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  REPORT THIS POST AS INAPPROPRIATE |  Date Sep. 24 2012 16:00:22
 
Anders Eliasson

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RE: Building Guitar Number 100. (in reply to Anders Eliasson

On the above below, you can se my current bracing system which I´ve used exclusively on all my flamencos for the last couple of years.
I have tried many different bracing systems. Some with 5 , others with 7 main braces. Asymetrical and I´ve also made copies...
The bridgestrap is very light. 1 mm thick and 10 mm wide. It gives me control of what I do and in the end balance and control is the most important factors in a good bracing system. A lot more important than the system itself. When bracing flat, this strap raises the soundboard some 2mm on the finished guitar and it does that the outer edge of the soundboard does not sink, which can be seen on many lightly braced flamenco guitars. Its tapered from the outer braces toward the edge of the soundboard.
The 5 main braces are almost parallel. This gives a soundboard with very little crossgrain stiffness and it works with the bridge strap that adds a bit of crossgrain stiffness. The closing struts also adds crossgrain stiffness in the lower bout.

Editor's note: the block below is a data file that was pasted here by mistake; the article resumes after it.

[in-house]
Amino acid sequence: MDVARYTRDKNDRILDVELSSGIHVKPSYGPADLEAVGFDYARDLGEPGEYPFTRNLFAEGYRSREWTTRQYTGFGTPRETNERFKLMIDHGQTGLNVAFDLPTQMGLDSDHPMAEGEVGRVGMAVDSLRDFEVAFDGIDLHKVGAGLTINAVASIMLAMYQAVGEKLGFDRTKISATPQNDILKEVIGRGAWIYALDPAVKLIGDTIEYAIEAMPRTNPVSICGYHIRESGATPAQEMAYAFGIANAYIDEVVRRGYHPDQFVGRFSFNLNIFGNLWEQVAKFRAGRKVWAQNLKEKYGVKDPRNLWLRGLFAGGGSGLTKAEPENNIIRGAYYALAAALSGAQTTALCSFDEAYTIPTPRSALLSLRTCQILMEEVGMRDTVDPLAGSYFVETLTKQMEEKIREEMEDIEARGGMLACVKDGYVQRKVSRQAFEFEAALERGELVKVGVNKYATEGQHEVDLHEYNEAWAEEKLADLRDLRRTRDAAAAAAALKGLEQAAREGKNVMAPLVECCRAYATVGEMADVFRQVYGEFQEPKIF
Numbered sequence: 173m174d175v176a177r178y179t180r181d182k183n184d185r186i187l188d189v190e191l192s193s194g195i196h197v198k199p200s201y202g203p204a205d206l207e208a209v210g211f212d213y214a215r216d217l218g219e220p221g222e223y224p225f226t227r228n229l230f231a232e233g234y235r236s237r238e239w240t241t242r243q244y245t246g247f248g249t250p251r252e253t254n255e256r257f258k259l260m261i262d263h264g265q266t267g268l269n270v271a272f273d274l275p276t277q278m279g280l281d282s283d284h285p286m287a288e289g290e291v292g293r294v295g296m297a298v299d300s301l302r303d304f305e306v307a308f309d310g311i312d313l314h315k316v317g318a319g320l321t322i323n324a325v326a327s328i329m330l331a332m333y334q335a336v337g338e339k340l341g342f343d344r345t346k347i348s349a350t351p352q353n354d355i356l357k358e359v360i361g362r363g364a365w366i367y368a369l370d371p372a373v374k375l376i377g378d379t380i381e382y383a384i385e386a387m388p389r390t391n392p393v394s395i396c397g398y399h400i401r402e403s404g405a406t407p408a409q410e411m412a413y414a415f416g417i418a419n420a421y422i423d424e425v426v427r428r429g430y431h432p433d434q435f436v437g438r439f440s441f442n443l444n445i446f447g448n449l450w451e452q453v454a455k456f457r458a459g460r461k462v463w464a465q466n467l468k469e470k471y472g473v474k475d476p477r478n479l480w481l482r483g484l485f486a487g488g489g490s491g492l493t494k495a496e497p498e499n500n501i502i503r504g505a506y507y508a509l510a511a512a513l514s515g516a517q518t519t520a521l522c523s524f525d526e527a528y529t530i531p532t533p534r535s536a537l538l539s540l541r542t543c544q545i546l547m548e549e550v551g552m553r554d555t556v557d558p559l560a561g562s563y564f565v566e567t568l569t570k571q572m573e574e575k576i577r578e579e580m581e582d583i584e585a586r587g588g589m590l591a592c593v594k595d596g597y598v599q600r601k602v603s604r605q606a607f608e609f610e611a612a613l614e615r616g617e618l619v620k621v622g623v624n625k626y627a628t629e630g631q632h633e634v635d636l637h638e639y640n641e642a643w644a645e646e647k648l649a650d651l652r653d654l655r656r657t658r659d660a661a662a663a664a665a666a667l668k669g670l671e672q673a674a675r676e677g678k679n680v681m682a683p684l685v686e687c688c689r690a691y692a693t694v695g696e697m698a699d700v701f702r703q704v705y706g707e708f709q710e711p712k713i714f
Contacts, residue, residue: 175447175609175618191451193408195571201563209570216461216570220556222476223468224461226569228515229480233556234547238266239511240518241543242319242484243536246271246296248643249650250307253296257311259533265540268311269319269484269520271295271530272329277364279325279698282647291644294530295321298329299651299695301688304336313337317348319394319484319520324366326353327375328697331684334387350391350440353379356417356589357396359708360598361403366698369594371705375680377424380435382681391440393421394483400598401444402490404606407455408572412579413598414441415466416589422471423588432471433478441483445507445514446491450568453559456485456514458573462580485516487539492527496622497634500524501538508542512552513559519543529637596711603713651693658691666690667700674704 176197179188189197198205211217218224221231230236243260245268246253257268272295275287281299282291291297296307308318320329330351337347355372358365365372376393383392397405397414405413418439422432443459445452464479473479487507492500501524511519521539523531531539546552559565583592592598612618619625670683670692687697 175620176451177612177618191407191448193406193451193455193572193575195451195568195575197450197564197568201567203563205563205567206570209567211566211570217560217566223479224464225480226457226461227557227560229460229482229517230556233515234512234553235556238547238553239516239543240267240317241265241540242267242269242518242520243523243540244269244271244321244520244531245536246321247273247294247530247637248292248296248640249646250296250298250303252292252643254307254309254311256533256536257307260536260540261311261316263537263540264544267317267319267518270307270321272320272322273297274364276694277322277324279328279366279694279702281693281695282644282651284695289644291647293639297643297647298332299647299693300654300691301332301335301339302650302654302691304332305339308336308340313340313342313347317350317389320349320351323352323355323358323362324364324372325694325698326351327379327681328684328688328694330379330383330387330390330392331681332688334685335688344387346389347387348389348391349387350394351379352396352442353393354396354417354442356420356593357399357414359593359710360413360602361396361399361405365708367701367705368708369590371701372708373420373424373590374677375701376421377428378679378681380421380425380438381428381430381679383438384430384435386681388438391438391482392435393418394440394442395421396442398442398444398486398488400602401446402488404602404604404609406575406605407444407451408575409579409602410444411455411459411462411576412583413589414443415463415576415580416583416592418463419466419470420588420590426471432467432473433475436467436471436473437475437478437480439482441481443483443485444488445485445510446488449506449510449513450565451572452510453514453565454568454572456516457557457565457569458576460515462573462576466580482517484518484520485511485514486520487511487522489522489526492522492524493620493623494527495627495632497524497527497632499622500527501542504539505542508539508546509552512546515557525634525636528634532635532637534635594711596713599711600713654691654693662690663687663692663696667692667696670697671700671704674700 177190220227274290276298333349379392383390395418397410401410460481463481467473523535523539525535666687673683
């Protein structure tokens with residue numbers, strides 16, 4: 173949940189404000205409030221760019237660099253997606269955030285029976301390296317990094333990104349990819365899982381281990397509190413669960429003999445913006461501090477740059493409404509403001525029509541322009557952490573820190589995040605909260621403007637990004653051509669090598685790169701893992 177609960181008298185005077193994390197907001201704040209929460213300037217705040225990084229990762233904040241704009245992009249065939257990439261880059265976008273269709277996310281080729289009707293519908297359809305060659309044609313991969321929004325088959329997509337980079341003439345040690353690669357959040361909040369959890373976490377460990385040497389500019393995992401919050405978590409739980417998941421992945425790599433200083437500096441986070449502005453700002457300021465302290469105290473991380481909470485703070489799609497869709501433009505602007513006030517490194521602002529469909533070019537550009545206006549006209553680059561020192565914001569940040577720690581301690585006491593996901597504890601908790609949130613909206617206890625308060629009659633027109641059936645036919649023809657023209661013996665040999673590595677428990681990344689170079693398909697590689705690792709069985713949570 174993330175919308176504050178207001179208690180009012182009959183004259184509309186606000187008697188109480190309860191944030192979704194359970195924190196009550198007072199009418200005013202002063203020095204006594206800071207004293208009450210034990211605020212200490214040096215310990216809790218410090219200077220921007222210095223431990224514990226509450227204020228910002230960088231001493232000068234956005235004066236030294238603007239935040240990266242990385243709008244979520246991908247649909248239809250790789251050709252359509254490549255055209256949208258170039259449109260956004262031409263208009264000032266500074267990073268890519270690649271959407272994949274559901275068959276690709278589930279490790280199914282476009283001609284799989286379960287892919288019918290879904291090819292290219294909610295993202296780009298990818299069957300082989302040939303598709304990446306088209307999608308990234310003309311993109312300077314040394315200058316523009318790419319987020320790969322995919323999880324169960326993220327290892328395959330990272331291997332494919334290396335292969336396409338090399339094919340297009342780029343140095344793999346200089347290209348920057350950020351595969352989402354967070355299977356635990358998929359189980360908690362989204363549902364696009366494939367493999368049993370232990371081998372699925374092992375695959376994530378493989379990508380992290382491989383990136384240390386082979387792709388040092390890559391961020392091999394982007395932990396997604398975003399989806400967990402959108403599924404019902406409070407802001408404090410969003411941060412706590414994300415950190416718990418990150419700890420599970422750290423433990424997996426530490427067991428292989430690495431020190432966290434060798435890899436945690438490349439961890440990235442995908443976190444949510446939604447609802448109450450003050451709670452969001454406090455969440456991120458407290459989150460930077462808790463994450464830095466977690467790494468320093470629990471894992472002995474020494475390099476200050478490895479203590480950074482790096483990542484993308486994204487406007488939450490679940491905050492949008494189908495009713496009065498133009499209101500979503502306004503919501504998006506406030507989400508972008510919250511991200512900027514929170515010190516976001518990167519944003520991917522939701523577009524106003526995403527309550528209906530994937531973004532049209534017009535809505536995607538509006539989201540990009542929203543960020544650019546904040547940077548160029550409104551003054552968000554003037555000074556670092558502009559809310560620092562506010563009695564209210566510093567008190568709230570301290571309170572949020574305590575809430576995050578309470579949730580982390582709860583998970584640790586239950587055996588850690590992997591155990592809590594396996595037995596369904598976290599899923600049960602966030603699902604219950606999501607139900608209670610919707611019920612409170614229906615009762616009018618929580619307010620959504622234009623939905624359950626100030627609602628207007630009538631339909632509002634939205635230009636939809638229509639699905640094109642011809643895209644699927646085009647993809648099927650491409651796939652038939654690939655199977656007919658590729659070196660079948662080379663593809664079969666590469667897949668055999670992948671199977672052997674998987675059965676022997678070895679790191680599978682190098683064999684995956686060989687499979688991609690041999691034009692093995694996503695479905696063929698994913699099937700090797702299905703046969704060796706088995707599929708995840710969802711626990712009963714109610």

On flamenco guitars I like that the soundboard is not to controlled, that there are parts without much tension. It gives a fast response and a tonal quality which I find to be extremely important on a good flamenco guitar. And its where the building of a flamenco guitar is very different from that of a classical guitar.



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  REPORT THIS POST AS INAPPROPRIATE |  Date Sep. 24 2012 16:22:26
 
Don Dionisio

 

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Joined: Feb. 16 2011
From: Durham, NC

RE: Building Guitar Number 100. (in reply to Anders Eliasson

Anders,
Thanks for doing this informative thread. I am trying to understand lutherie (I know very little).
Would you mind repeating something? What is the reason for the placement of the five braces in an almost parallel fashion?
You said something about cross-grain and I got lost. I'm especially interested in how it differs from classical guitar making.
Please don't be angry, I really want to understand.
Thanks.
  REPORT THIS POST AS INAPPROPRIATE |  Date Sep. 24 2012 17:01:08